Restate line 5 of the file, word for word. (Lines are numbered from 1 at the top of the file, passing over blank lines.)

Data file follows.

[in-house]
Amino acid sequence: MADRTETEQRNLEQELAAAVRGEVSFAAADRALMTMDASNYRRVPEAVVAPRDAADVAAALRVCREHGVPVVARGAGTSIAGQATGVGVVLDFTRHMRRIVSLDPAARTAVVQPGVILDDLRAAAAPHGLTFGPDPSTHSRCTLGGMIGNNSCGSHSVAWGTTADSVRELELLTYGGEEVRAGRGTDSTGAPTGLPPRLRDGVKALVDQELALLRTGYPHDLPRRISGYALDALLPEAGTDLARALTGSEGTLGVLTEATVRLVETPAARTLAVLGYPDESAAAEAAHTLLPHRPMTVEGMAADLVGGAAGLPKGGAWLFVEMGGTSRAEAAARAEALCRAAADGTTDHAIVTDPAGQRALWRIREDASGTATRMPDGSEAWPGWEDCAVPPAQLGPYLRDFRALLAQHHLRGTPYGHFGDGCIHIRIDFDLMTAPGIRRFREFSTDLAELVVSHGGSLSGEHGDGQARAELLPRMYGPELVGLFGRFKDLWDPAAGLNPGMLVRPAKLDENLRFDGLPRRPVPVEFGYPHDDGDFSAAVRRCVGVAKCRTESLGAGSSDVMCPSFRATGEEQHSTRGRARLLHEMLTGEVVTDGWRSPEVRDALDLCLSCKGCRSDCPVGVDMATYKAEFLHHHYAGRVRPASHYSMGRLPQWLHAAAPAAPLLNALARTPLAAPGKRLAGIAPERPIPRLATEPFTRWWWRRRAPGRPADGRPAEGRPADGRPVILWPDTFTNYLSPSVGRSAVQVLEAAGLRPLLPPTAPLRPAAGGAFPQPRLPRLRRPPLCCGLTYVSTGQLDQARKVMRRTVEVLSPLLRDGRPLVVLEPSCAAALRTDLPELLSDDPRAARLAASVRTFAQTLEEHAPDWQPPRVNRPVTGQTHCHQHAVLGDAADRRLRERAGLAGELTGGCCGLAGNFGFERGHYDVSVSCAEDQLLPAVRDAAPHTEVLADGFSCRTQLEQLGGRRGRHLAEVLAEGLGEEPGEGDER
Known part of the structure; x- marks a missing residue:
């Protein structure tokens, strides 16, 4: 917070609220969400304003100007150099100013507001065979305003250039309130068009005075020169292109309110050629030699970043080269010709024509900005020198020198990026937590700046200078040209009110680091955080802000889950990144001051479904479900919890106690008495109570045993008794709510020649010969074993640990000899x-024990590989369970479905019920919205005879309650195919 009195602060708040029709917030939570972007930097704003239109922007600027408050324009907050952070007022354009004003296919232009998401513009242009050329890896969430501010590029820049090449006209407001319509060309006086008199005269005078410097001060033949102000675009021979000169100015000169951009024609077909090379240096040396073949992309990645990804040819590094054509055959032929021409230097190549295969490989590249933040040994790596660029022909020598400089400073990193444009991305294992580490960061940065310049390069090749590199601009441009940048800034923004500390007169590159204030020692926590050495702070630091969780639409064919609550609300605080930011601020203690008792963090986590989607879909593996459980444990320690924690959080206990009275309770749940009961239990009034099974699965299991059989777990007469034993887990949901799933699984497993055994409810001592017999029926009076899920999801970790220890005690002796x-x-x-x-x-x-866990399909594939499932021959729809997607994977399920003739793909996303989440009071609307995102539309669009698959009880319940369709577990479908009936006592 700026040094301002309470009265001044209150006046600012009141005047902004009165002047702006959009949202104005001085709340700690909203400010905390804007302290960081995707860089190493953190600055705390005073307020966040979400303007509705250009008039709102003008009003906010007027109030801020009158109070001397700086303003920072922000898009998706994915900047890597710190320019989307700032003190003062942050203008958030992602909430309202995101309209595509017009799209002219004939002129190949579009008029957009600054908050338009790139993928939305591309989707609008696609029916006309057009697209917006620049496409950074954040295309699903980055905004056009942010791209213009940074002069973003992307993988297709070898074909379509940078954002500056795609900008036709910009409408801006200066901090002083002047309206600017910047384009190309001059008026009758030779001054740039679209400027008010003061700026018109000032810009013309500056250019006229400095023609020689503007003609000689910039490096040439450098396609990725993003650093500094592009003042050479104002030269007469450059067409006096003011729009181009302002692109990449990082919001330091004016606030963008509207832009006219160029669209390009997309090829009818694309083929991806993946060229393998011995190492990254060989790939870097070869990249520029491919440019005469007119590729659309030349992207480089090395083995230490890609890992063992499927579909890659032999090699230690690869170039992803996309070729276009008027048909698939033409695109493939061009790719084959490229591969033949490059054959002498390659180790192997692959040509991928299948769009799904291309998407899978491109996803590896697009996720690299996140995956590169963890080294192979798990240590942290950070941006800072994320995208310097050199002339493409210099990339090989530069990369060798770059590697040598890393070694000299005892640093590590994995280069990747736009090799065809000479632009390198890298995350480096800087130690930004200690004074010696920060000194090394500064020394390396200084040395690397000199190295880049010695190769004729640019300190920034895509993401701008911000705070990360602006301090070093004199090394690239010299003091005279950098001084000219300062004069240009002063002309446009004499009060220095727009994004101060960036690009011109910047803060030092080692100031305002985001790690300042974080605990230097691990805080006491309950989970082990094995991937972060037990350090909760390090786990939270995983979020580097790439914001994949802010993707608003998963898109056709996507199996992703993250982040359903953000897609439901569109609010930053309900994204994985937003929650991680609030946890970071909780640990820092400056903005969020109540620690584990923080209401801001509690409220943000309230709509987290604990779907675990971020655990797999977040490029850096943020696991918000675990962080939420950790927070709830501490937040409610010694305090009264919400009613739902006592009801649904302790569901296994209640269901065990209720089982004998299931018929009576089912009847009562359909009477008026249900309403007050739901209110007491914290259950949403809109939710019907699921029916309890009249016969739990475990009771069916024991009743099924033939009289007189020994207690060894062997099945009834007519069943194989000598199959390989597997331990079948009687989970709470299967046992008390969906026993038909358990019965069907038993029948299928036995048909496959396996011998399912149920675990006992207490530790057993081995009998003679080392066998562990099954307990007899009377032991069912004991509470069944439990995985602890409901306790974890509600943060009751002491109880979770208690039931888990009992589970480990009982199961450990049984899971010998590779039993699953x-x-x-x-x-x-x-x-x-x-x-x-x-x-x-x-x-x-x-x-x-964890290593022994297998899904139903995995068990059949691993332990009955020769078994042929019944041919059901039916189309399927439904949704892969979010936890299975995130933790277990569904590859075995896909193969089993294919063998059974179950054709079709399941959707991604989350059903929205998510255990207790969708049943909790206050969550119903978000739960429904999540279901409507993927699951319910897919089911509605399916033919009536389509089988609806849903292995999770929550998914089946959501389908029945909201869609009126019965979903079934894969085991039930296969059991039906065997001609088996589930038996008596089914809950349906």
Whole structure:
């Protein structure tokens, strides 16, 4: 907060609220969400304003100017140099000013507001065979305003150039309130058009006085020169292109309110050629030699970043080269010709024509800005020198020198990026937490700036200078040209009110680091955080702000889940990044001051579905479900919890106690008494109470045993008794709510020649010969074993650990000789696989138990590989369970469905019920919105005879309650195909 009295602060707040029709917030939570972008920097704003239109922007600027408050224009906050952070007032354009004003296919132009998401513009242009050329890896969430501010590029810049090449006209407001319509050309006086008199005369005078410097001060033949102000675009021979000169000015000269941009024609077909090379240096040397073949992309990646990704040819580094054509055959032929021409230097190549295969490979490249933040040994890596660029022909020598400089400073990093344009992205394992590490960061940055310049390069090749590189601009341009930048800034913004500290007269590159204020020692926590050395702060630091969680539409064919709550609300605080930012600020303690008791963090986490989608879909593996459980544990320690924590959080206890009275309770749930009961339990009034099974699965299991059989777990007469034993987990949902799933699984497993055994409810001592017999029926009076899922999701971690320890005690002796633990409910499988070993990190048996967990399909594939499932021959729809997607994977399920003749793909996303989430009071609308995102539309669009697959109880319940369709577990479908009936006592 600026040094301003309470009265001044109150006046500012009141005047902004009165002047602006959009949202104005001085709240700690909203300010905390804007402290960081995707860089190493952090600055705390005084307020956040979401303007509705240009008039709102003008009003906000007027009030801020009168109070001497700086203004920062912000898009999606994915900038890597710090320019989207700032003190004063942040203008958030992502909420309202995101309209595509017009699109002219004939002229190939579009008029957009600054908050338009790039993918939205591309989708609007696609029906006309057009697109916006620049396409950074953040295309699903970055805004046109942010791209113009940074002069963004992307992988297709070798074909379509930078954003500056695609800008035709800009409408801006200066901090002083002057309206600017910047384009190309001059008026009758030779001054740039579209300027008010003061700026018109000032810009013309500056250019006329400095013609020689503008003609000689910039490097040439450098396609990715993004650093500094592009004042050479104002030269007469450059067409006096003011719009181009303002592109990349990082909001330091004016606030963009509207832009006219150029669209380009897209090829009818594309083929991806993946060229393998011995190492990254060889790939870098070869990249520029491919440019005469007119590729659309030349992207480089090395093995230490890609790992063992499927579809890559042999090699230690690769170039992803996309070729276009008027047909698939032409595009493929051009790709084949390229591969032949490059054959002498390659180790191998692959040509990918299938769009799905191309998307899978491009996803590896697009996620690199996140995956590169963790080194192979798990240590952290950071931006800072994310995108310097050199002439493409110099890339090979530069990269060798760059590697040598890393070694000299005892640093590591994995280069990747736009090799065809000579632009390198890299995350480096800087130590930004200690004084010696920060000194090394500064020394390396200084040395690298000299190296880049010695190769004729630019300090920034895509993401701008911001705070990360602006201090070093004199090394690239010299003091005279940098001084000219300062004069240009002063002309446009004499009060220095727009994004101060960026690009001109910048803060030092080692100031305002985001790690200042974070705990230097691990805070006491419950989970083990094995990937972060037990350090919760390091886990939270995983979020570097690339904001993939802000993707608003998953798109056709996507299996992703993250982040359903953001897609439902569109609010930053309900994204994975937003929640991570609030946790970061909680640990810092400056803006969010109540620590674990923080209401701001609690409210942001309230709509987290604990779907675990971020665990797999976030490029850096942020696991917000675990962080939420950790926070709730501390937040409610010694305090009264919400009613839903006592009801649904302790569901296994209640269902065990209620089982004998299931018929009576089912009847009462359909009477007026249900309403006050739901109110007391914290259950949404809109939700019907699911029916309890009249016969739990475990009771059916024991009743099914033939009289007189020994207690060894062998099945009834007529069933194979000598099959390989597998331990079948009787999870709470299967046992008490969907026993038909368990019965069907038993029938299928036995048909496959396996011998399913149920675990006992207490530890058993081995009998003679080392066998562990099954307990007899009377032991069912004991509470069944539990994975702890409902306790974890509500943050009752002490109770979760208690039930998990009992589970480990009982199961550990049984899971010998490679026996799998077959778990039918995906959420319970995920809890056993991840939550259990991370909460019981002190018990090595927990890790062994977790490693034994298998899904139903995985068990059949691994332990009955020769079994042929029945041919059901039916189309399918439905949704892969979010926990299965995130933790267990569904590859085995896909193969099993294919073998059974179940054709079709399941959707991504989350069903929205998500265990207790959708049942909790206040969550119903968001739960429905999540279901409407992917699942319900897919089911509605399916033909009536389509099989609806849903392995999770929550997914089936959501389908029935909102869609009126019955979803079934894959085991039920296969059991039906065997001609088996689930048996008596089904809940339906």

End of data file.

Whole structure: